Local students face athletic road block
Ryan Summerlin June 11, 2012
EDWARDS – This is America and in the land of the free, American kids should be free to play football anywhere they want, right?
A regional middle school athletic conference, the Rocky Mountain League, is accused of trying to bar some athletes from that very freedom with bylaws that appear fly-in-the face of state laws and Colorado High School Activities Association regulations.
The league is Eagle County’s four public middle schools, Summit County middle school, Vail Mountain School and the Catholics and Protestants (St. Clare’s and The Vail Academy), who have stopped persecuting each other long enough to play football together. St. Clare’s and The Vail Academy play everything as one team, on teams that are not called the “Schism Fixers,” but should be.
Basically, the Rocky Mountain League’s athletic directors passed a bylaw that goes something like this: If a kid’s school doesn’t offer a particular sport, that kid has to play for the school nearest their school, and not the school they want to.
Well, a half dozen or so Vail Mountain School students and a handful of others want to play their middle school football for St. Clare’s. Under this bylaw, they’d have to play somewhere else.
Mike Gass handles student affairs for the Eagle County school district, and while he didn’t create this mess, he said it’s his job to deal with it. Gass was with Vail Mountain School’s Janet Refior when they called to say they were working out a deal.
“Our hope is that the league rescinds that bylaw. Hopefully, within the next week, we’ll be back to where we were last year,” Gass said.
The Rocky Mountain League has been around for 20 years in various incarnations. What’s different, Gass said, is that it now has public schools, private schools, parochial schools, public charter schools and state charter schools.
Everyone has a different view of the law about who can play where, although the law itself seems pretty clear.
The actual law reads:
“If a student’s school of attendance or non-public home-based educational program does not offer an activity in which the student wishes to participate, the student may participate in the activity at another public school in the student’s school district of attendance or in the student’s district of residence,” according to Colorado Revised Statutes sect. 22-32-116.5(2)(b).
Vail Mountain School picks up high school tennis. Kids from all over the valley play hockey for Battle Mountain, the only high school program in the county. Kids drive to Glenwood Springs to swim.
Let there be football
St. Clare’s football coach Bob Engleby coached little league football and as time passed, his players were about to be scattered among various middle schools.
St. Clare principal Sister Rita Rae, a force of nature and one of the sweetest humans to ever walk God’s green earth, declared that she wanted a football team for the school.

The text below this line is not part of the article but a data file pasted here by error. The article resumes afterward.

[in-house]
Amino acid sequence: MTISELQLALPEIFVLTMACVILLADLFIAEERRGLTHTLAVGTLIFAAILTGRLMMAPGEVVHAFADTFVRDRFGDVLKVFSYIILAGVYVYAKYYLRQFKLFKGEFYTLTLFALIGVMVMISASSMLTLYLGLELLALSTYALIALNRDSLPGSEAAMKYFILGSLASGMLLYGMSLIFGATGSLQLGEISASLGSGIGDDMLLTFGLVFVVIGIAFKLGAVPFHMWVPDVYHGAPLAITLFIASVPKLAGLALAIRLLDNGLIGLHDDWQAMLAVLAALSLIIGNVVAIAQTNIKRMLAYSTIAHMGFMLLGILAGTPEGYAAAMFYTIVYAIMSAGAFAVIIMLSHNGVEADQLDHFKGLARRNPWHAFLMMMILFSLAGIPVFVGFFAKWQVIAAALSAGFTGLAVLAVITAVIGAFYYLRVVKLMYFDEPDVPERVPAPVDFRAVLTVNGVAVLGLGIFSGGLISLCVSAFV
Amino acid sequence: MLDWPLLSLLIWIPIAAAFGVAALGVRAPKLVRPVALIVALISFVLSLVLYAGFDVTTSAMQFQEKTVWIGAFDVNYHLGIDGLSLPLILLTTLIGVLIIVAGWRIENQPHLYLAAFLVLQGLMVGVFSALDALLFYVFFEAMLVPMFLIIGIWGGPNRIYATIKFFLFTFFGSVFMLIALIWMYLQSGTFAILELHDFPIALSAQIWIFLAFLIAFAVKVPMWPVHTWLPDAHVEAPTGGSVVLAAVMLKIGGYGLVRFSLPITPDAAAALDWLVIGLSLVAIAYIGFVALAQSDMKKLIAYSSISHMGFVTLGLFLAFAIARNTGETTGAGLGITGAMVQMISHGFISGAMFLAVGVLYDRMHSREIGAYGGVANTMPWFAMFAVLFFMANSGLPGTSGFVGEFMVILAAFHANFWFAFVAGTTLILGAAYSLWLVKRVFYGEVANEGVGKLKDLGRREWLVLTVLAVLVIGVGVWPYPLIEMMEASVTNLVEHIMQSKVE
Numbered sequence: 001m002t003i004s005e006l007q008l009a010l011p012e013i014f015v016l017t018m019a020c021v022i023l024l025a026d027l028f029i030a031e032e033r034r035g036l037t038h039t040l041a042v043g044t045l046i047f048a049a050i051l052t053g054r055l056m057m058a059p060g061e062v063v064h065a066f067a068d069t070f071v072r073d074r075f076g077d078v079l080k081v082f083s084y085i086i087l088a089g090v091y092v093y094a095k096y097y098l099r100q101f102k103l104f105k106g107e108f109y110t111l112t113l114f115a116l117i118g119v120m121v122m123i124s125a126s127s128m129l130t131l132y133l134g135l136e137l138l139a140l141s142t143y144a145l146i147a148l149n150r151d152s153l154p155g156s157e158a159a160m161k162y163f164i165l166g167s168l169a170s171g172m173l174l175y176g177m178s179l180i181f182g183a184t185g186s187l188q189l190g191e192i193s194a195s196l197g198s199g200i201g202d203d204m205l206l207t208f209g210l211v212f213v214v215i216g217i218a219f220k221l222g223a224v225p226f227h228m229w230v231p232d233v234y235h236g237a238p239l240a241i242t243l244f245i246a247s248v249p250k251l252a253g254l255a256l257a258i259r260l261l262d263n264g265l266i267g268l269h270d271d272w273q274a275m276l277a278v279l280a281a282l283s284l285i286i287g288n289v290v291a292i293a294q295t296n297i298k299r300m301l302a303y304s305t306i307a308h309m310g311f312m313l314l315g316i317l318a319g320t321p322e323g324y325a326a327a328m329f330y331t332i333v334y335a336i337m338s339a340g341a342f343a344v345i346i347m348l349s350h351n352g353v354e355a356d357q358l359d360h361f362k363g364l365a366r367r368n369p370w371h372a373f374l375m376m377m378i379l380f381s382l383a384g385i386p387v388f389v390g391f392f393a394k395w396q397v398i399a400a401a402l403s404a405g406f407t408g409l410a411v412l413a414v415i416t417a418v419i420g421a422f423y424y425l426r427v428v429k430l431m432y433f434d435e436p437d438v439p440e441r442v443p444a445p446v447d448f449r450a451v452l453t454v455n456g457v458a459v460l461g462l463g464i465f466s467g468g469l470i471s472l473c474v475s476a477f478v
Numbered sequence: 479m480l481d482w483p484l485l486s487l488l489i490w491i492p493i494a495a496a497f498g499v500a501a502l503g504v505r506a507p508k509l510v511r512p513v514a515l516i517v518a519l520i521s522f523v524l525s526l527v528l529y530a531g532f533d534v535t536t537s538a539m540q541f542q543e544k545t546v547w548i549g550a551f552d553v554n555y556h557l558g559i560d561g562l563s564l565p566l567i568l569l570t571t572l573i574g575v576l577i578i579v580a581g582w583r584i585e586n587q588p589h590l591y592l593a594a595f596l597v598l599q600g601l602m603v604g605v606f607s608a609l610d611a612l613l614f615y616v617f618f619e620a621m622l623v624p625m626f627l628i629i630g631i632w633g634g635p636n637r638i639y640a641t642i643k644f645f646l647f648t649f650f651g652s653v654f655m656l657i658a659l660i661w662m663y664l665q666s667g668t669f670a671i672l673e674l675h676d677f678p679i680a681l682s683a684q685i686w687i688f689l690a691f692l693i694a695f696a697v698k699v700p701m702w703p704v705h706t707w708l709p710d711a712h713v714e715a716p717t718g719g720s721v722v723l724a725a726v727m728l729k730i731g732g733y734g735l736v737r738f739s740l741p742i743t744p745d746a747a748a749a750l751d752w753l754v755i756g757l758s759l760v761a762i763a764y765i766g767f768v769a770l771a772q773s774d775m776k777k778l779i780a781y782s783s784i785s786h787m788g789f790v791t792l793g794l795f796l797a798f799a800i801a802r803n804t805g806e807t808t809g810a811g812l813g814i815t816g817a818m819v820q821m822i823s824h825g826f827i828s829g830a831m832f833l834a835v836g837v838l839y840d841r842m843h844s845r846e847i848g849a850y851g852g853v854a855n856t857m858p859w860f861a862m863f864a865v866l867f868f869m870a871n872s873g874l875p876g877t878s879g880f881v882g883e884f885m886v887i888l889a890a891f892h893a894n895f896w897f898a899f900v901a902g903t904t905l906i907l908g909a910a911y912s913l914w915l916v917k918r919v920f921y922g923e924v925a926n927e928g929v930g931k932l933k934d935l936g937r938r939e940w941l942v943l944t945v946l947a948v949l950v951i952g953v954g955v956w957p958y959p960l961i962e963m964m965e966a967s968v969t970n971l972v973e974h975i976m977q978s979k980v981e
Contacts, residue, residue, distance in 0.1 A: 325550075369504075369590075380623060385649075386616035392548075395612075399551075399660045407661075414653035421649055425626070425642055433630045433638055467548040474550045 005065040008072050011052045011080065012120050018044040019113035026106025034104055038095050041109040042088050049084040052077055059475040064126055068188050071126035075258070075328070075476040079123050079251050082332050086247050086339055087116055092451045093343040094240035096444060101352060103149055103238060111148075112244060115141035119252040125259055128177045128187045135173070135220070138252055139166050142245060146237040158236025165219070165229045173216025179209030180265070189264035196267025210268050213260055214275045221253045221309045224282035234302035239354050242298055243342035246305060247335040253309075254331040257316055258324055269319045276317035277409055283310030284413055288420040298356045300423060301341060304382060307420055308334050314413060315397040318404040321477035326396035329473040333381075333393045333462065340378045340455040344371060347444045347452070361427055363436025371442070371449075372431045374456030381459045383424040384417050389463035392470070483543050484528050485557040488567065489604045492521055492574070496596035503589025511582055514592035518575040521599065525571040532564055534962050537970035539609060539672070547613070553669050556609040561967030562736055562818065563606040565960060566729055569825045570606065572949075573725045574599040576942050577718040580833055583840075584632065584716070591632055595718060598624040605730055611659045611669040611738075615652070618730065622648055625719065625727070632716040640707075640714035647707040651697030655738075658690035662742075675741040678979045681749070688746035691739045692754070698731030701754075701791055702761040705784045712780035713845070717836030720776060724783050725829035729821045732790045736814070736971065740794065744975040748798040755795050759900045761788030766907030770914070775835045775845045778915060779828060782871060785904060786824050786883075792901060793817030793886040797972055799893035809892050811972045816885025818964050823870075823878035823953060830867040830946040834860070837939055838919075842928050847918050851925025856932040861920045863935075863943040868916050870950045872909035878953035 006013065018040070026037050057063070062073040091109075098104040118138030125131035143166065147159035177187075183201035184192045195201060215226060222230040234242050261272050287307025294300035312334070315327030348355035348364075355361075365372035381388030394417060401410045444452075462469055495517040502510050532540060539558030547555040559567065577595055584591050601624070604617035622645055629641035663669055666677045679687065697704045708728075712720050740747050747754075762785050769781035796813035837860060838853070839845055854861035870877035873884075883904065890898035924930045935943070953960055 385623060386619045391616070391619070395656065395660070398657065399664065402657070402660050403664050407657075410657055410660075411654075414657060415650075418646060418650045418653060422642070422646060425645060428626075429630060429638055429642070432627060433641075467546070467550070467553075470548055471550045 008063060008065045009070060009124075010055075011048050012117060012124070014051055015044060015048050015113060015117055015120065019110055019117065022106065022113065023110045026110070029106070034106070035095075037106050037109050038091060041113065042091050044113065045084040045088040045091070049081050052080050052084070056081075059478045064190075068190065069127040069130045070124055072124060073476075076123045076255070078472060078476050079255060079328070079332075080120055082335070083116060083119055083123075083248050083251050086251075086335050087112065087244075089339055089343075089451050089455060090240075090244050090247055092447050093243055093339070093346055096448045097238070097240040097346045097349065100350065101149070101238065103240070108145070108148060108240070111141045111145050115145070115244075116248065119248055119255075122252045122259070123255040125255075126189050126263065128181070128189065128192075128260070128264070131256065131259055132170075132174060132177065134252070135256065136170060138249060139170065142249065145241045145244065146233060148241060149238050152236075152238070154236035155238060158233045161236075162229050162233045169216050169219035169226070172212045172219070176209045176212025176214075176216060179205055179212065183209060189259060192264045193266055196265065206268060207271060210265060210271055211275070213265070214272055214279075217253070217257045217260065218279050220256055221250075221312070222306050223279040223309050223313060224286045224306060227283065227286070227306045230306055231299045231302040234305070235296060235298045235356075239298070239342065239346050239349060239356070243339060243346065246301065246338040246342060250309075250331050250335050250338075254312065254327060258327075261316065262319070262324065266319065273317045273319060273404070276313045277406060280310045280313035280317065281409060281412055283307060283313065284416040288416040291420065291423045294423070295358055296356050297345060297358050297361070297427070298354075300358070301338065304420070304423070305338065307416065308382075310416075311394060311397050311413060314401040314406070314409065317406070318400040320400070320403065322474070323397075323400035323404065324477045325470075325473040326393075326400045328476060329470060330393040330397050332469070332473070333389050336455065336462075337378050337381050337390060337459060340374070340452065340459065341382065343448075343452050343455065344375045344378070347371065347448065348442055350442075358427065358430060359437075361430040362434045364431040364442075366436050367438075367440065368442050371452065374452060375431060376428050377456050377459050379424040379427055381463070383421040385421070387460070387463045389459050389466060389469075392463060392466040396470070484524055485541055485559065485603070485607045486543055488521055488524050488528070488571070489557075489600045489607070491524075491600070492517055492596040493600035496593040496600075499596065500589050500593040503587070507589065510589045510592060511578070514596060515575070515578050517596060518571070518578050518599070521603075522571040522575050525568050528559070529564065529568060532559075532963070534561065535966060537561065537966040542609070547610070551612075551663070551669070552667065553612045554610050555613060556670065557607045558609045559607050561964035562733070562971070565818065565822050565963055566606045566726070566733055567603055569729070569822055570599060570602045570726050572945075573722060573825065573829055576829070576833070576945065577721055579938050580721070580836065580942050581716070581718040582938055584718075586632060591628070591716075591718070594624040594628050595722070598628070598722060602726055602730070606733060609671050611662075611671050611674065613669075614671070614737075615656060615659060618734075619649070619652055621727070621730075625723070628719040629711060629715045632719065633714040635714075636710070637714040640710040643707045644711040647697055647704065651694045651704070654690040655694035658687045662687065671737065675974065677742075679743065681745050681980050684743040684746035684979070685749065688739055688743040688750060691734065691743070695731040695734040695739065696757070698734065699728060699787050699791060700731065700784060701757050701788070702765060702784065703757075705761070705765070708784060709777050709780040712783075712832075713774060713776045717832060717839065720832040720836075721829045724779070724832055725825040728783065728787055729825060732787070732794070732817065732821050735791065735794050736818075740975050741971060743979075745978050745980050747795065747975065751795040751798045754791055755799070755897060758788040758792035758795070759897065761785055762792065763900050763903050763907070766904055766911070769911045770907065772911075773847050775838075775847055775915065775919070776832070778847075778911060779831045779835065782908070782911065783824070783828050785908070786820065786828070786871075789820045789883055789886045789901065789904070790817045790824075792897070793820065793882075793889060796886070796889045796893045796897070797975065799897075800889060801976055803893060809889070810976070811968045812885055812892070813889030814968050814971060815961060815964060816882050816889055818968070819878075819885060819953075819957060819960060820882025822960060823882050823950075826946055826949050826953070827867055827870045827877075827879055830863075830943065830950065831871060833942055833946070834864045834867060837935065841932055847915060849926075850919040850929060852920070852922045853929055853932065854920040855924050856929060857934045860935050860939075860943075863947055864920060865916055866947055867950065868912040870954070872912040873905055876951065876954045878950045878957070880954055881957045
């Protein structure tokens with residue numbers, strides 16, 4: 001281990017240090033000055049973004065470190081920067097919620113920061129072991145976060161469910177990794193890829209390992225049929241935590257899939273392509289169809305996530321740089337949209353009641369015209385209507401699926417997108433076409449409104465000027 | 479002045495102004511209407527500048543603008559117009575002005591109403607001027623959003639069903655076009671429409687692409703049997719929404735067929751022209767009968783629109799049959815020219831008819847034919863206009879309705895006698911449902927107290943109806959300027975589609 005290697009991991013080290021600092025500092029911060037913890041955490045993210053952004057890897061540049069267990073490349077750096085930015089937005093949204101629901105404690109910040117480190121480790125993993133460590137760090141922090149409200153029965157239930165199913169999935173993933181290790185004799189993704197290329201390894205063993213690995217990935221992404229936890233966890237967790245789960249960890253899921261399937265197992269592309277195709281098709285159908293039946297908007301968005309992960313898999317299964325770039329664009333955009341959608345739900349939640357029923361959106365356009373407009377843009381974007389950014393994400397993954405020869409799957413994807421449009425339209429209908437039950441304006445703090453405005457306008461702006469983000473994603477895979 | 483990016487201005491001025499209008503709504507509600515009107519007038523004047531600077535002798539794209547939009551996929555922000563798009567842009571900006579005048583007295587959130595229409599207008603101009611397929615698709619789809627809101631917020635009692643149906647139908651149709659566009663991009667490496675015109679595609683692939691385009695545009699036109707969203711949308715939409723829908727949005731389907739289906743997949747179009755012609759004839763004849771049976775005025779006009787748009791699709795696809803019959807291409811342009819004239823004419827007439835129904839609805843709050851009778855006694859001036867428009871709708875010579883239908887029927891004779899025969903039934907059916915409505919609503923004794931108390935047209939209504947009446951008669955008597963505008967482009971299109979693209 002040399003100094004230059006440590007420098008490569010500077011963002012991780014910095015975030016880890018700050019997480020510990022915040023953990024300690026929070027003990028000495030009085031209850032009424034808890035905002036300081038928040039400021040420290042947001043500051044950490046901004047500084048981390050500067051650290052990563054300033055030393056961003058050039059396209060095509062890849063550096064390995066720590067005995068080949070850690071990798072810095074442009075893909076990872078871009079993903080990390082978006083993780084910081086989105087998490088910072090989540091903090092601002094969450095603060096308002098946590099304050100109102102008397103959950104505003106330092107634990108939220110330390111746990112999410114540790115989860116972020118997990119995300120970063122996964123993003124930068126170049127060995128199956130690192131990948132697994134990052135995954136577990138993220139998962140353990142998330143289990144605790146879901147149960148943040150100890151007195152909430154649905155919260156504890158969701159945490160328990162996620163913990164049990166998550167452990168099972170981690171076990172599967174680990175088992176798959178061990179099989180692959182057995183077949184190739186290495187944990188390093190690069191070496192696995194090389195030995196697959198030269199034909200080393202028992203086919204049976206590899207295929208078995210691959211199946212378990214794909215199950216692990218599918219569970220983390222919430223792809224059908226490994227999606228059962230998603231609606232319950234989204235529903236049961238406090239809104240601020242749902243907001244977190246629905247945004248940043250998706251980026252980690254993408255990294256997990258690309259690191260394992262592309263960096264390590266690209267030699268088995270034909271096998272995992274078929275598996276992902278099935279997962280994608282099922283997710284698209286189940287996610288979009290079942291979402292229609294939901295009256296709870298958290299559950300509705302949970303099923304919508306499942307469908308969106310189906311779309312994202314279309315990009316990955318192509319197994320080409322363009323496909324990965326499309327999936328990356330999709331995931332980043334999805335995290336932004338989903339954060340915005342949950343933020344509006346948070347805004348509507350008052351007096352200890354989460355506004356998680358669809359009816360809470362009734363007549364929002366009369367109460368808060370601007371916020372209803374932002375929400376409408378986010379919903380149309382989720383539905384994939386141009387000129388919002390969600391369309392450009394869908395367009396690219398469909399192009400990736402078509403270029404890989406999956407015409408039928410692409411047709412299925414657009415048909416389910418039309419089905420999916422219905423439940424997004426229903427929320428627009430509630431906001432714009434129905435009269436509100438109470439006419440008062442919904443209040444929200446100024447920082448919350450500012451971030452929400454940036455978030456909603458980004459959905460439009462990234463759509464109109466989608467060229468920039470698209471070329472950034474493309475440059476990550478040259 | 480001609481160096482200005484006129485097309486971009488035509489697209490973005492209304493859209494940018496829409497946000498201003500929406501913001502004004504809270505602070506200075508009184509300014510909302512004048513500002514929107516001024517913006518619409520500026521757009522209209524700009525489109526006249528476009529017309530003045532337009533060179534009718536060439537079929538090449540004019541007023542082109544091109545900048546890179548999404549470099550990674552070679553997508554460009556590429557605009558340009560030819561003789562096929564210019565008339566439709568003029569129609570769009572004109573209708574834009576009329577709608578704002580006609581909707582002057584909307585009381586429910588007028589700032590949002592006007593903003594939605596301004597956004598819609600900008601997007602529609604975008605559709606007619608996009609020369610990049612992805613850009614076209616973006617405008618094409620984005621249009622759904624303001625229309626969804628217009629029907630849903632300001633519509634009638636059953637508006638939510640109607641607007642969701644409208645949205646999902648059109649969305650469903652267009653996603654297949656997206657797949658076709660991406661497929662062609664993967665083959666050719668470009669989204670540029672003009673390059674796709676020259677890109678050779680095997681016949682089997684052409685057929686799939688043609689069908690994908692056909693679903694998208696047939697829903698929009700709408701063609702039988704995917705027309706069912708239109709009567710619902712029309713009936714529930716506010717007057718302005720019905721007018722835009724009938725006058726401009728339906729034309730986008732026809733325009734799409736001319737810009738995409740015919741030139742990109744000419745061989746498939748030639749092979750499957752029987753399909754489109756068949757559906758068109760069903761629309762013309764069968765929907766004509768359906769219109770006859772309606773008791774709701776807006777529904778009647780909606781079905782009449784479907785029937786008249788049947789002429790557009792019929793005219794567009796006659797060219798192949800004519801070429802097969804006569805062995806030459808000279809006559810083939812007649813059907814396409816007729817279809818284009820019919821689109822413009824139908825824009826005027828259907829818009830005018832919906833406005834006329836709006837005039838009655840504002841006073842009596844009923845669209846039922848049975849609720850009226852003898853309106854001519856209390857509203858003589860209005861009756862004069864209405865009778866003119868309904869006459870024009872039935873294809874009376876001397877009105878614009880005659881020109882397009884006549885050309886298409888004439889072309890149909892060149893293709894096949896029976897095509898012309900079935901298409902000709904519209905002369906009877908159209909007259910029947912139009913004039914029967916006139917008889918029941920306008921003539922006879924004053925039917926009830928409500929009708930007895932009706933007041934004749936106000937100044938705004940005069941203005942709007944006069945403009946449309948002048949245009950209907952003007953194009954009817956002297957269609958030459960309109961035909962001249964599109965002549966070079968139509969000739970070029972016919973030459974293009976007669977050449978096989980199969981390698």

At a fundraiser, Engleby gave a 30-second speech about football and its endless possibilities for wonderfulness. Donations started flowing.
Last year, the Rocky Mountain League athletic directors provided their version of a papal dispensation and let St. Clare’s play in their league.
St. Clare’s rolled through its first middle school football season, losing in the league finals to Gypsum Creek Middle School.
“This has nothing to do with their success,” Gass said.
This year, Vail Mountain School’s football parents were required to write hardship letters stating why their children should play for St. Clare’s instead of one of the public schools right up the road.
In their May 23 meeting, Rocky Mountain League athletic directors decided their hardships aren’t all that hard and denied them all.
“Sorry,” said an email to the parents from Eagle Valley Middle School’s Tommy Dodge.
“We’re talking about 12-year-old boys,” countered VMS football father Larry Nisonoff.
Then Nisonoff trotted out some state law and regulations that would appear to support his position, as law often does when it appears to be on your side.
Nisonoff and others pointed out that the people who wanted to bar them were the same ones who ruled against their hardship requests.
“We want them to eliminate the hardship rule and if a school doesn’t offer a sport or activity, let the kids play where they want. We’re not asking anything that state law and CHSAA regulations don’t already provide,” Engleby said. “You’re wronging 6th, 7th and 8th grade kids for no good reason.”
For now, the athletic directors appear to be getting a 15-yard penalty for bylaw busting and a recommendation to rescind that offending bylaw.
“My recommendation would be to rescind that last bylaw that they implemented because of the unintended issues it has created,” Gass said. “We had some well-intended athletic directors who didn’t understand the statute.”
Gass said the situation is an opportunity.
“It seems trivial that we’re talking about it through the lens of middle school football, but the issue is real. With all the types of schools we have, we’re working hard to integrate kids through all these different kinds of activities,” Gass said.
“We want kids in activities and on fields because that means they’re making the right choices in life.”
Staff Writer Randy Wyrick can be reached at 970-748-2935 or email@example.com.